In this week's poll, we ask whether the race to build bigger, faster roller coasters always benefits theme park visitors.
This week, Kings Island announced its latest roller coaster, Banshee. As our detailed preview reveals, the ride will be the longest inverted roller coaster in the world at 4,124 feet. It will include seven inversions and, interestingly, will reach its top speed of 68 miles per hour in the middle of the ride’s course, not at the bottom of the 150 foot first drop.
In its marketing materials, Kings Island is playing up the record-breaking nature of the coaster. In fact, almost every new coaster these days seems to break some sort of record. The Smiler at Alton Towers, for example, boasts a record-shattering 14 inversions, while Full Throttle at Six Flags Magic Mountain features the world's tallest vertical loop at 160 feet high.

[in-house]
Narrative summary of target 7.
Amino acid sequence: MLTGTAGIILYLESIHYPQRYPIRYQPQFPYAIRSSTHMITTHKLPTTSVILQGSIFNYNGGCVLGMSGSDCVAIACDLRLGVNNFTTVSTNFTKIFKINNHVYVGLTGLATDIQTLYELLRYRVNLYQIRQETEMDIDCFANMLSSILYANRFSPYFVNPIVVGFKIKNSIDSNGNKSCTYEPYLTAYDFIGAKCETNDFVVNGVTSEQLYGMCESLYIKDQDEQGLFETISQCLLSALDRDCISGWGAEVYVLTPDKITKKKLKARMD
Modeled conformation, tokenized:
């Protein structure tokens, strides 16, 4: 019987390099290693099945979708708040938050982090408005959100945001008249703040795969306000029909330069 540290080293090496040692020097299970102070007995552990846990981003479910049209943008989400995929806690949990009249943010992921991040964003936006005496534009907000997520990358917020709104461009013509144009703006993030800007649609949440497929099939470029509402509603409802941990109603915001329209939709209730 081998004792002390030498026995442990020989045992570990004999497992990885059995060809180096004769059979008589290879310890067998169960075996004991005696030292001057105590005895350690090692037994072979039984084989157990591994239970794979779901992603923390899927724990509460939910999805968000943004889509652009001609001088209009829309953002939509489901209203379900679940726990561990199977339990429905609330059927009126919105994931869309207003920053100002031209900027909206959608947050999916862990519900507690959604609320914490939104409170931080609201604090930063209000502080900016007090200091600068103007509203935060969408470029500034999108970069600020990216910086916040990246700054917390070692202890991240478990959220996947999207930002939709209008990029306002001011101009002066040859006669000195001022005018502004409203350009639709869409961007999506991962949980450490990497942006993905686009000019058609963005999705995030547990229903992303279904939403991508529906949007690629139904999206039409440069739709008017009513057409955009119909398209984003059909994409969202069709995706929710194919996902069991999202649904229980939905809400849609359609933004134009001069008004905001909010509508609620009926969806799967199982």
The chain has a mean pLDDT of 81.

Sometimes, the record-breaking nature of these creations is more than just a gimmick. The Smiler's inversions, for example, are not simply thrown together - they are part of an intricately-designed circuit and also play a role in the ride's theme (it's impossible not to smile after disembarking the coaster, such is the manic confusion caused by all those loops). Full Throttle's loop isn't just tall - it also features a unique top hat element that genuinely adds to the thrill of riding it.
At times, though, the chase for records can feel a little desperate. Disney and Universal rarely boast of records broken by their attractions - they don't need to, because the quality of every aspect of the rides is usually so high. Are Cedar Fair, Six Flags, Merlin and the like simply looking to paper over the quality cracks in their own designs? Or does faster, taller or longer really mean better?
Let us know your thoughts by voting in our poll below - are record-breaking coasters always better?
Are bigger, faster, longer roller coasters always better?
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